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Paradigm Shift Intervention Monitoring
addition to seasonal viruses, two unrelated infections with a swine
origin influenza A/H3N2 virus have been identified in Pennsylvania with
onset dates in September 2010 and October 2010. In recent years this
virus has also produced human illness elsewhere in the country,
generally in association with direct contact with ill pigs. It has not
been associated with person-to-person transmission. Clinicians should
remain alert to the possibility of infection with this virus in persons
with influenza-like illness who have a history of recent exposure to
swine populations, and collect appropriate diagnostic specimens.
The above alert and request concerning patients infected with an H3N2 triple reassortant (trH3N2) began appearing in weekly influenza reports from Pennsylvania at week 6. However, the sequences released yesterday, Sunday, April 17, 2011 are inconsistent with multiple points implied by the above alert because the recently released sequence, A/Pennsylvania/40/2010 from the September case (3F) described above, is virtually identical to the September case (10 month M) from Wisconsin, A/Wisconsin/12/2010, which was the subject of the WHO pager alert on the Wisconsin September case and the Pennsylvania October case (46M), A/Pennsylvania/14/2010.
Thus, the above alert, as well as comments on the pager alert, are misleading because neither address the identity between the September cases, in Wisconsin and Pennsylvania, and instead compares the September cases to the October case (the pager alert compares the Wisconsin case to the later Pennsylvania case, while the Pennsylvania alert compares the two Pennsylvania cases).
As a result, both alerts claim that the September cases are linked to swine rather than each other, to maintain the claim that there is no human to human transmission of trH3N2. Consequently, the above announcement requests samples from patients exposed to swine, leading to a strong bias against trH3N2 cases linked to human to human transmission, such as children like the two September cases, who would be most vulnerable to trH3N2, which have human H and N sequences from the 1990's. Moreover, the trH3N2 sequences have D225G, and all of the recent cases have PB1 E618D.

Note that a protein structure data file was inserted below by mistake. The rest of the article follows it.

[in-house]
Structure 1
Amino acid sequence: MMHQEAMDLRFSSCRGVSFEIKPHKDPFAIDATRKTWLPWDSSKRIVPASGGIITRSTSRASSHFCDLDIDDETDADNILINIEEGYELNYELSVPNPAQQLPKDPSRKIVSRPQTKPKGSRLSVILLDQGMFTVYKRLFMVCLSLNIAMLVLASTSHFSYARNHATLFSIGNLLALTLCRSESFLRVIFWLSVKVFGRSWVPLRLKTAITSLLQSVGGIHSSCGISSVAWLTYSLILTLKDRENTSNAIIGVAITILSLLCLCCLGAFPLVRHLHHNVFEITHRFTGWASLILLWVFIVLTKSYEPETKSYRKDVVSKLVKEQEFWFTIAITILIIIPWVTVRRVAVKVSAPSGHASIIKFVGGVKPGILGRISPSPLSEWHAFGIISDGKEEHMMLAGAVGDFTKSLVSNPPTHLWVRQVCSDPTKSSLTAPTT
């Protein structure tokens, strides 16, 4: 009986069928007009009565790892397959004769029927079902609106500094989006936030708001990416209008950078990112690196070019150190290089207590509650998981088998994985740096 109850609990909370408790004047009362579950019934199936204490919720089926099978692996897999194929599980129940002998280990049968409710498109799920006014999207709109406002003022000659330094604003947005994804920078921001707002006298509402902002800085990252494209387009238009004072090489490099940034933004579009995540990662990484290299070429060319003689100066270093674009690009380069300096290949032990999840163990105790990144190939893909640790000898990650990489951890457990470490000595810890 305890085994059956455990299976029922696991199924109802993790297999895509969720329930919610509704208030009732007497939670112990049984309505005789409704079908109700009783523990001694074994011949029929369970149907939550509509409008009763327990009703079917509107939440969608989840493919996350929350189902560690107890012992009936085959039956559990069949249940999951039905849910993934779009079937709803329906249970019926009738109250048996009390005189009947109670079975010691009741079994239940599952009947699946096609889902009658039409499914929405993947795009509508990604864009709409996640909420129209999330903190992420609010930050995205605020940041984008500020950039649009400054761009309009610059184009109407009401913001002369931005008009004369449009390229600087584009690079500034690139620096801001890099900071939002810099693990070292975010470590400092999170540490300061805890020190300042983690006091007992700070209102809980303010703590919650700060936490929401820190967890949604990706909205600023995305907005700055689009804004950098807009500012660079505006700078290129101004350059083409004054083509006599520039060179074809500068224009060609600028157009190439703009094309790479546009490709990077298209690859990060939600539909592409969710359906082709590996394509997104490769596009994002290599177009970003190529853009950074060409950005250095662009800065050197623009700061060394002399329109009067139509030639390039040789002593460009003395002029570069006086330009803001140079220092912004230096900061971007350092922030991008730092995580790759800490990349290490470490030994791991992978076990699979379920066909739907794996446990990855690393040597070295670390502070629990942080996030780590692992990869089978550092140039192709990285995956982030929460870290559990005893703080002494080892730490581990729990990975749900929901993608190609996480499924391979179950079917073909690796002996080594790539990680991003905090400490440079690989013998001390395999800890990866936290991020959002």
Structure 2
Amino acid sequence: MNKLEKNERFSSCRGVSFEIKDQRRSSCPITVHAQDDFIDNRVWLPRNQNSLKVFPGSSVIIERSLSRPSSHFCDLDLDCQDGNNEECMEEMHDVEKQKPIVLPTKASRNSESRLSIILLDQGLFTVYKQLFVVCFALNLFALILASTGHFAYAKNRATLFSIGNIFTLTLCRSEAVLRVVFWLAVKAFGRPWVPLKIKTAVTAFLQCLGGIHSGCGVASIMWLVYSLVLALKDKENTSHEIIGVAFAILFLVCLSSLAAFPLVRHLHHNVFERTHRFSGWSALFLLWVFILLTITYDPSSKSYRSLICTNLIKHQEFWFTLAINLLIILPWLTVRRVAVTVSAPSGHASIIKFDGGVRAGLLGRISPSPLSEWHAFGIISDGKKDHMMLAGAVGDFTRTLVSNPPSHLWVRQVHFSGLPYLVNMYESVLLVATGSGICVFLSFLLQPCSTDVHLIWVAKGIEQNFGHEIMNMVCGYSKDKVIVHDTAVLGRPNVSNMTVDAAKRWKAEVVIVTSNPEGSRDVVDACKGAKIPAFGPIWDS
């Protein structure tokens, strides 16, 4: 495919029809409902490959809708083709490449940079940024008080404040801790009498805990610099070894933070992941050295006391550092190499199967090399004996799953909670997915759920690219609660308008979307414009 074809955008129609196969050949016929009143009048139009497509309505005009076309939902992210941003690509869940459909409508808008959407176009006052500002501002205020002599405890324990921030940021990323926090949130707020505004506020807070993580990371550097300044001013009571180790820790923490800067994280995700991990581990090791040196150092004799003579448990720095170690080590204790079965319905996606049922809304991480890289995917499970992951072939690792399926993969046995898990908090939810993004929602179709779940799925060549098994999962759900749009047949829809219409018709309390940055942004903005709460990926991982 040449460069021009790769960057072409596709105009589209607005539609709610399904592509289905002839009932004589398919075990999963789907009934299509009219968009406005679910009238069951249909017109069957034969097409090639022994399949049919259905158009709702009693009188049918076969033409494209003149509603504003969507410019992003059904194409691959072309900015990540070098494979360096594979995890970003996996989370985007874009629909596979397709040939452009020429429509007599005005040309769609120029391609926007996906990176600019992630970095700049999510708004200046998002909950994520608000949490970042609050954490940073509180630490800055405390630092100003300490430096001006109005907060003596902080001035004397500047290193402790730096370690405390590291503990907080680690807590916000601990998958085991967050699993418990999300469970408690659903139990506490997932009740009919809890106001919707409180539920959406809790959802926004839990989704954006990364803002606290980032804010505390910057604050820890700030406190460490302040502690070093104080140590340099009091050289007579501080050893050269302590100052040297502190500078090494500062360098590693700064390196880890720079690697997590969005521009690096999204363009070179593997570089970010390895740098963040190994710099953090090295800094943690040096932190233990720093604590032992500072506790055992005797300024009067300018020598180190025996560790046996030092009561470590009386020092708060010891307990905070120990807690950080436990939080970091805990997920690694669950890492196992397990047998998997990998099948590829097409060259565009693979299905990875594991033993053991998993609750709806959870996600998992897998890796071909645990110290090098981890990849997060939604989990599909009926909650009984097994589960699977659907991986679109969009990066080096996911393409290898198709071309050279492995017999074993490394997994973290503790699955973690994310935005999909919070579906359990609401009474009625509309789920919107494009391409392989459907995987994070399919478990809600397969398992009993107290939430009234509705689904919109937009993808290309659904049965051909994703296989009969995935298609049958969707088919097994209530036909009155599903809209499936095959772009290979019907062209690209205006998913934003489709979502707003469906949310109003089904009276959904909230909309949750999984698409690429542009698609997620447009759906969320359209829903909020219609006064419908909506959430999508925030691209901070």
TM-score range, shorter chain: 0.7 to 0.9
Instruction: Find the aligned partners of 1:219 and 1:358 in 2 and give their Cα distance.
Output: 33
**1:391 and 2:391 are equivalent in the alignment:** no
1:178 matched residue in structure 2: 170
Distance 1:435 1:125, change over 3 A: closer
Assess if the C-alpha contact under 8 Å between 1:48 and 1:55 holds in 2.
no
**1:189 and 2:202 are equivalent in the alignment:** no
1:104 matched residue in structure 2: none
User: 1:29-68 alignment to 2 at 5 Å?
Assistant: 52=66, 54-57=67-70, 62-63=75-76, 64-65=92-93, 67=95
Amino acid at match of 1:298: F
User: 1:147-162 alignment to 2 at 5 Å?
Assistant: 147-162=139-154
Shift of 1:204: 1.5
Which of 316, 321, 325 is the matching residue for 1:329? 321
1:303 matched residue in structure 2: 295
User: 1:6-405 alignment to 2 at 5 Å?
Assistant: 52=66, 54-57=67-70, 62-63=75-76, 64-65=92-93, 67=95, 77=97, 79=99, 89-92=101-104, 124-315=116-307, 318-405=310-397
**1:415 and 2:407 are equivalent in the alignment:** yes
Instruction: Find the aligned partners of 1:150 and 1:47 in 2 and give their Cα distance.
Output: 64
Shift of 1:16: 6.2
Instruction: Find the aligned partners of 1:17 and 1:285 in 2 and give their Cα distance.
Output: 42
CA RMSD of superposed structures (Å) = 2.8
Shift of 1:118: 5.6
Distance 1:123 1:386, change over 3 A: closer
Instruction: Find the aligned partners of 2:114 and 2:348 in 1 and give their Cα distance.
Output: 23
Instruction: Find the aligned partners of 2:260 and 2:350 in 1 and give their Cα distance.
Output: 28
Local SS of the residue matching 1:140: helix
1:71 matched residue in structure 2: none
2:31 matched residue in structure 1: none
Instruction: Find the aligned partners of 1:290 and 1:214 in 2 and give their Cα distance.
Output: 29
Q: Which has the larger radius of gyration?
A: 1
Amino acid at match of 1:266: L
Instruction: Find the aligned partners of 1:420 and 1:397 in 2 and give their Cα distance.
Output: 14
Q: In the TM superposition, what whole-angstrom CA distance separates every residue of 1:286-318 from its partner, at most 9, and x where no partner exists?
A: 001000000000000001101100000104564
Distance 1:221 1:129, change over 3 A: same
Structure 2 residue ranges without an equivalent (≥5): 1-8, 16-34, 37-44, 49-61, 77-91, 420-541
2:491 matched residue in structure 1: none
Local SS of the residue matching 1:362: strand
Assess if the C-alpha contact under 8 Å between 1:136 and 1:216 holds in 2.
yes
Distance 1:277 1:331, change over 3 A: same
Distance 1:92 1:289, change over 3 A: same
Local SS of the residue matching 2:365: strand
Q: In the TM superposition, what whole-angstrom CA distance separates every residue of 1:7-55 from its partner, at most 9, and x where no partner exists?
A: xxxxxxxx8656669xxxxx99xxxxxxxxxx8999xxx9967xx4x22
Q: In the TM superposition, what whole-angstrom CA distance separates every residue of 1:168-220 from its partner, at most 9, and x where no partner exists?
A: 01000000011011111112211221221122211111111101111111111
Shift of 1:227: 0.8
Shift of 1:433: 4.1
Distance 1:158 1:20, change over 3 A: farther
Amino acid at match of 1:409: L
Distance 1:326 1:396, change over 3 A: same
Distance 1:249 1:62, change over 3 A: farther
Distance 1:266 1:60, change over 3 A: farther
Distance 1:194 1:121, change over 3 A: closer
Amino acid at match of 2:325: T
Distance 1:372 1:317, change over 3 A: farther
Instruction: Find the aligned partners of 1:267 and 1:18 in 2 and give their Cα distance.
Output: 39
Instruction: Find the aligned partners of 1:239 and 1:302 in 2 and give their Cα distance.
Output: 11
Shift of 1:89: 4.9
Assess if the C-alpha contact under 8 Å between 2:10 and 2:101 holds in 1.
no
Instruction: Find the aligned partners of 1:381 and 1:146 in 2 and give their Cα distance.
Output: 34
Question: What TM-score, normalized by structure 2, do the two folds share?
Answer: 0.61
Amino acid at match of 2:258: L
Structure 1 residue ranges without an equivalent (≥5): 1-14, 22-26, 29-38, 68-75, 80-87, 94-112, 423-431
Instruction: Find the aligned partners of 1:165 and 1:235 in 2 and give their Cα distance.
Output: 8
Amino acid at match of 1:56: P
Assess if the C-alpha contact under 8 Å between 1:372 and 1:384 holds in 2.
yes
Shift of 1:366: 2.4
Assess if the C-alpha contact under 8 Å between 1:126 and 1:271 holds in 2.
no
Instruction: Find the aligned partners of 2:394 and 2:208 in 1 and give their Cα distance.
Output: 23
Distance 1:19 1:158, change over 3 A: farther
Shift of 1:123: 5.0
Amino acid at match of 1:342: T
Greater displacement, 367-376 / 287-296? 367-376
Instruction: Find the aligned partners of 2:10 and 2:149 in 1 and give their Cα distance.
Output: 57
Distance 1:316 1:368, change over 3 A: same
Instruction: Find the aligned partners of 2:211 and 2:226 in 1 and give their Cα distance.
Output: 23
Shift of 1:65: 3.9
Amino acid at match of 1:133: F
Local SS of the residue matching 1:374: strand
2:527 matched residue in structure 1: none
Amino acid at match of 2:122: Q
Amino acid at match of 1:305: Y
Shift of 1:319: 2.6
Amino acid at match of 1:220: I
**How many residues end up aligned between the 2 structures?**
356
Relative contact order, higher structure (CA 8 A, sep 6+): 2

In Pennsylvania there have been a large number of unsubtypable cases, and Pennsylvania leads the nation in reported influenza deaths.
Detection of trH3N2 in Pennsylvania is difficult, because as noted for the September case, it sub-typed as seasonal H3N2 and the 5 month delay in reporting the case was associated with the initial misdiagnosis coupled with a failure to isolate the virus. The sequence released yesterday, 7 months after the fact, was from direct sequencing of the clinical samples. However, it was released on a Sunday, absent the customary note citing the fact that the sequence was from a triple reassortant, which was included in the later case from Pennsylvania as well as the Wisconsin case (and all other human trH3N2 sequences).
The failure of the CDC to address the identity between the two September cases, coupled with the technical issues associated with detection, and biased alerts, such as the one listed above for Pennsylvania, continue to increase trH3N2 pandemic concerns.